Gnathia are small (2-7 mm) marine isopods most typically found living benthically offshore. Unlike other isopods, they only have five pairs of legs. They also exhibit marked sexual dimorphism, with males having large heads and mandibles and females being inflated, with fused pereon somites 3-5 and reduced mouthparts. The young (praniza larvae) have a similar shape to the females and live as external parasites on fish in estuaries. Identification is based on characteristics of the adult male cephalon and mandibles.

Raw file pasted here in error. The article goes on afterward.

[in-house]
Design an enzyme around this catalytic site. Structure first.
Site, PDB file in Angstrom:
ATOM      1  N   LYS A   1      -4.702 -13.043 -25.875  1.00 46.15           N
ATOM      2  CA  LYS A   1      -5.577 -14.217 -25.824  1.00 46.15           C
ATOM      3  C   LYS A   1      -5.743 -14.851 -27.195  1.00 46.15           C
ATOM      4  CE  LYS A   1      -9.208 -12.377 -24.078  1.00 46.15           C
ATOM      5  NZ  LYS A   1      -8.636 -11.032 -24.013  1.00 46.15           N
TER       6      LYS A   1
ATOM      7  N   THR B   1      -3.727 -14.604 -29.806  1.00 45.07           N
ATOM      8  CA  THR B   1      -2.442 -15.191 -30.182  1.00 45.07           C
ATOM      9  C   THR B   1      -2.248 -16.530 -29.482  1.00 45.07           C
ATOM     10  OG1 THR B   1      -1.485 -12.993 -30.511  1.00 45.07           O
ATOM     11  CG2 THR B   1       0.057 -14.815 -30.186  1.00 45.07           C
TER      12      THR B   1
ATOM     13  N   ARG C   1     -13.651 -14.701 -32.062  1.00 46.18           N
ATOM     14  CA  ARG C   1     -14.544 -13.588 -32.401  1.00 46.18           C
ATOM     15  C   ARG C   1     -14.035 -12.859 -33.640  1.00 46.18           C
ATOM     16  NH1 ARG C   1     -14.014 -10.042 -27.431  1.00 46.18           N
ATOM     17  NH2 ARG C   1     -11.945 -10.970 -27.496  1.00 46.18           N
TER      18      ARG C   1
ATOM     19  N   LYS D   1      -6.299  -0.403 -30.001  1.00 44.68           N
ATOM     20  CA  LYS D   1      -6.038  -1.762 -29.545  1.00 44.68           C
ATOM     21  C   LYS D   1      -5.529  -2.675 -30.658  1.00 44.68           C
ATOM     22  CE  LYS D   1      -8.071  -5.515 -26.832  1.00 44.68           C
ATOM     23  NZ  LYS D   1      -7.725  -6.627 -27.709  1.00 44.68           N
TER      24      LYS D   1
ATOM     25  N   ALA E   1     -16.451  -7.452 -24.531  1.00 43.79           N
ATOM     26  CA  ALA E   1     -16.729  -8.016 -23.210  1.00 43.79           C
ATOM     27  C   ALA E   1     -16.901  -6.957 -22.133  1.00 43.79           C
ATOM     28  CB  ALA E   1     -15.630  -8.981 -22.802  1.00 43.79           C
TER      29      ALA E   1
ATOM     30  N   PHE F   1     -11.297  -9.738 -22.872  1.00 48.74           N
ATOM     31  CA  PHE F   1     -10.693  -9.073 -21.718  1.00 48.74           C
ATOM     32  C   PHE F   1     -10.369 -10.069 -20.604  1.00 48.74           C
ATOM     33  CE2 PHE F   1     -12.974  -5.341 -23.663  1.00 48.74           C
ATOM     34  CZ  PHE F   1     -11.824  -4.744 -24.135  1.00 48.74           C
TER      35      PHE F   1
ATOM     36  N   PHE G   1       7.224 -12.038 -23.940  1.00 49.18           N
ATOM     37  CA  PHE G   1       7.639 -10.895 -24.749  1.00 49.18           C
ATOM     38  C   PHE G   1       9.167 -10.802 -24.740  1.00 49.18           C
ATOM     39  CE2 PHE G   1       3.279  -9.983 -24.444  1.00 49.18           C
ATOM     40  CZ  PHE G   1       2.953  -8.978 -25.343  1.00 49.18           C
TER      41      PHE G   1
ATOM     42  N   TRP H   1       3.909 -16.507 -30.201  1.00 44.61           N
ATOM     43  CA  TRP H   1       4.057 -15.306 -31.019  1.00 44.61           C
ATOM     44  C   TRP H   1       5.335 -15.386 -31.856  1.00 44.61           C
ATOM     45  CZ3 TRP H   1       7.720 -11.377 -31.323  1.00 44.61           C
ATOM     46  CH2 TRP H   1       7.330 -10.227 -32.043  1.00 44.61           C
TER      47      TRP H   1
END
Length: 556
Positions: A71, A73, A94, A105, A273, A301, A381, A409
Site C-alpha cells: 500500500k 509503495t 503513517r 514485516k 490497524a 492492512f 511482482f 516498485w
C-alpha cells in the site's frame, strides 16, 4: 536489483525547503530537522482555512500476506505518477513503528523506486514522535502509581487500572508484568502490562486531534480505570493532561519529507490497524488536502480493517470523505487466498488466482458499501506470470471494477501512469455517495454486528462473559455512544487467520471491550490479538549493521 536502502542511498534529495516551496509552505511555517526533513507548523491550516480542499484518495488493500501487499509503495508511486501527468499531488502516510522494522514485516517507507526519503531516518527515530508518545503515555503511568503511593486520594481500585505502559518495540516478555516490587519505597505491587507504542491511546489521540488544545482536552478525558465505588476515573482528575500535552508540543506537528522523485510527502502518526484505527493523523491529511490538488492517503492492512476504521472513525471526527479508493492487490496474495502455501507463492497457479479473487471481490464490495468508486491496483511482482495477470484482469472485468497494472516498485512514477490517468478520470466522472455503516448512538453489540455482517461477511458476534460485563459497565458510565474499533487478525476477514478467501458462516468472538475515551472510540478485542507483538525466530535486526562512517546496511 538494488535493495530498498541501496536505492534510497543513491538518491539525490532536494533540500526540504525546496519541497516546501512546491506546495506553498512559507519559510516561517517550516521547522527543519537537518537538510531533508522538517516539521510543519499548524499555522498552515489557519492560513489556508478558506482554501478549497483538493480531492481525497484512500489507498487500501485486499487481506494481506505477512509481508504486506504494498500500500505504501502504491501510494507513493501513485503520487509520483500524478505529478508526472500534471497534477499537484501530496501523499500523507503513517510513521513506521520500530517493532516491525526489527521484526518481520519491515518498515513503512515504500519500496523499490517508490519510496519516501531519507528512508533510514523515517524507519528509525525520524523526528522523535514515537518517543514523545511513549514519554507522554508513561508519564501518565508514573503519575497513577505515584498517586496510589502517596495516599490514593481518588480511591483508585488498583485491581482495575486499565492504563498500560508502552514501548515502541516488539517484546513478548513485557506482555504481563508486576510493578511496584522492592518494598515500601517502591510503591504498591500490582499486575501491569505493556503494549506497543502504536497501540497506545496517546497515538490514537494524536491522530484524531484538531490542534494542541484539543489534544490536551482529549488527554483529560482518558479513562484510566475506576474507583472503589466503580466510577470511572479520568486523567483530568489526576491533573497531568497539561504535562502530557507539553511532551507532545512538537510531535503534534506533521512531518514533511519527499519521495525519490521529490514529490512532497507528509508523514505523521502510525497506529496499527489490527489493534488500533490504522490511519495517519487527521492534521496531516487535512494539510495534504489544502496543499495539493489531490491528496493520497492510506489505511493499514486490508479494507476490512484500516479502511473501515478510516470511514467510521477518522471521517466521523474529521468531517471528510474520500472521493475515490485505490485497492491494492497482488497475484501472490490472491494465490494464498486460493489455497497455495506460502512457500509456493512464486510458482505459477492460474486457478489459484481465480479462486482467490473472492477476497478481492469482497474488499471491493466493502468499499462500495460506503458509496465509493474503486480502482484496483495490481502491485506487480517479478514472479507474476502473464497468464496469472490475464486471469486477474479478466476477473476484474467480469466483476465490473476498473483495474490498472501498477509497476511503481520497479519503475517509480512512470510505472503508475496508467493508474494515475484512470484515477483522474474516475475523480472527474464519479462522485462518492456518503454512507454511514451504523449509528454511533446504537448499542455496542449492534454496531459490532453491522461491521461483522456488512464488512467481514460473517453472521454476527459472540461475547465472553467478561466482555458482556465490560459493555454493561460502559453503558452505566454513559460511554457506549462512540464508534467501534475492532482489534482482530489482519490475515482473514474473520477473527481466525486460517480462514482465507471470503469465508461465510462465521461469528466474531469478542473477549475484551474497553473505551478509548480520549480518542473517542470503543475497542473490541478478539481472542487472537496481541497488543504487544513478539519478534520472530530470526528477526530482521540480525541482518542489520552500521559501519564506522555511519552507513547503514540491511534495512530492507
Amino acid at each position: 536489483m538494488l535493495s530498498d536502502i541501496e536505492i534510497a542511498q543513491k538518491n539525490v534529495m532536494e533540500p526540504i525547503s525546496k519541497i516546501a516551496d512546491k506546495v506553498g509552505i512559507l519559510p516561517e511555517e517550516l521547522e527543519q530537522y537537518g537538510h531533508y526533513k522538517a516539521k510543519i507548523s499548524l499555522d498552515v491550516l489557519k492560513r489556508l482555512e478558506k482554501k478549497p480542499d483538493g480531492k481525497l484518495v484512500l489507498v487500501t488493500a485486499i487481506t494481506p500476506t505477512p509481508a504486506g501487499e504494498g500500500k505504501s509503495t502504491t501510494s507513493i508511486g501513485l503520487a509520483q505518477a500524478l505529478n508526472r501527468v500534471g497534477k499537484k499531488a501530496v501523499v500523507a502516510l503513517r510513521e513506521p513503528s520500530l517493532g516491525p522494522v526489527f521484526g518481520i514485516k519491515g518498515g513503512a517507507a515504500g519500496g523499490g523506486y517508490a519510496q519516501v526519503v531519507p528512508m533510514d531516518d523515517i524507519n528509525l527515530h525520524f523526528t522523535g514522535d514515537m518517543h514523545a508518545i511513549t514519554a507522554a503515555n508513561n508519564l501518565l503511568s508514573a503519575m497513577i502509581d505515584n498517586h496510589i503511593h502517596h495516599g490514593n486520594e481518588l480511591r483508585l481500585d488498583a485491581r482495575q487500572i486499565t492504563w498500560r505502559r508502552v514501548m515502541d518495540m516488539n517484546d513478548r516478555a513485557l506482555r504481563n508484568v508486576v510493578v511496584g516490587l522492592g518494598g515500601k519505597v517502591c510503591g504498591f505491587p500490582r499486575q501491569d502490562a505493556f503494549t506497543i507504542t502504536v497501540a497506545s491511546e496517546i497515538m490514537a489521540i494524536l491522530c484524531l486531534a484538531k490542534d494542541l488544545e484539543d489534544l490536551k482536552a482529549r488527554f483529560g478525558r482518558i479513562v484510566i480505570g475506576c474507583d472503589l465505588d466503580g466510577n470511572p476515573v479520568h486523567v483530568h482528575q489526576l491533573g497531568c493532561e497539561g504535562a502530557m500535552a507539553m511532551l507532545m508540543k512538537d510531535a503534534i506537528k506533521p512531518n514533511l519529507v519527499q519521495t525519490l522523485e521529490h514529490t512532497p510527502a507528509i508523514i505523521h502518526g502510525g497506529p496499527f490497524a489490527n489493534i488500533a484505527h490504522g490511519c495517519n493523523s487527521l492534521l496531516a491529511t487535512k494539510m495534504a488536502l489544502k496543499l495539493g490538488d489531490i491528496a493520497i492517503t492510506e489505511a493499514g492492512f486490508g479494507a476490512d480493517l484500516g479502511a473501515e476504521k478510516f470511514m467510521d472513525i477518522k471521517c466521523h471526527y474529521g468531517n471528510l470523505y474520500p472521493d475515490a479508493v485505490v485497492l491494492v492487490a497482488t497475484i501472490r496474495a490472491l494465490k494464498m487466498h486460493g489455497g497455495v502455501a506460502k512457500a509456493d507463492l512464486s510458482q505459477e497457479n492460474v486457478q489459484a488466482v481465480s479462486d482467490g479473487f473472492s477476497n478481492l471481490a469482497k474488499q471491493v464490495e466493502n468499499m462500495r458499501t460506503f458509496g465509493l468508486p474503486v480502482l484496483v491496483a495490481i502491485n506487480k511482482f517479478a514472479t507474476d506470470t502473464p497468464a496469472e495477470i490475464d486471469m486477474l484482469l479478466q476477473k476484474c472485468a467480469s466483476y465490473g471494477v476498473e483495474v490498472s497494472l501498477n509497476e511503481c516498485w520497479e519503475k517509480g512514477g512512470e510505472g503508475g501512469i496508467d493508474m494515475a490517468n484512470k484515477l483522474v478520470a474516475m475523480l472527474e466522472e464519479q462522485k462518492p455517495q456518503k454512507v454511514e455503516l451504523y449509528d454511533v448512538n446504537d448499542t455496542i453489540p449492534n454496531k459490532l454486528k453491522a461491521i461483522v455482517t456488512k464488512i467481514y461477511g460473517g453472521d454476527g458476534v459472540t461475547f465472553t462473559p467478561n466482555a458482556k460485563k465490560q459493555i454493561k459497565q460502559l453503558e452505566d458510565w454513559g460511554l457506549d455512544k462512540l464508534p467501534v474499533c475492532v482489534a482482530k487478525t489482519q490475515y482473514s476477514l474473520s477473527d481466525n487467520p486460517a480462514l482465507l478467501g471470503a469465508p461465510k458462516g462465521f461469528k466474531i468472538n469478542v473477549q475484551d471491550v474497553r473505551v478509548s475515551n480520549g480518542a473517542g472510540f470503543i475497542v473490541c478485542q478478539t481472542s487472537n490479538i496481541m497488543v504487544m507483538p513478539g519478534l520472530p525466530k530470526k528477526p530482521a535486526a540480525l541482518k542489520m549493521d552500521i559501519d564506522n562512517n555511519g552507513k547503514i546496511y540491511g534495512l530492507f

In G. maxillaris (males 4.5-5.0 mm), the cephalon, which is wider than long, is slightly concave at the front, with square corners, and the lateral tooth on the mandible is closely appressed.
Distribution and Habitat
G. maxillaris is the commonest Gnathia intertidally, being found in crevices, barnacles and Laminaria holdfasts. It has been recorded from southern and western British and Irish Sea shores.
Naylor, E. & A. Brandt. 2015. Intertidal Marine Isopods. Synopses of the British Fauna (New Series), No. 3. Field Studies Council, for The Linnean Society of London.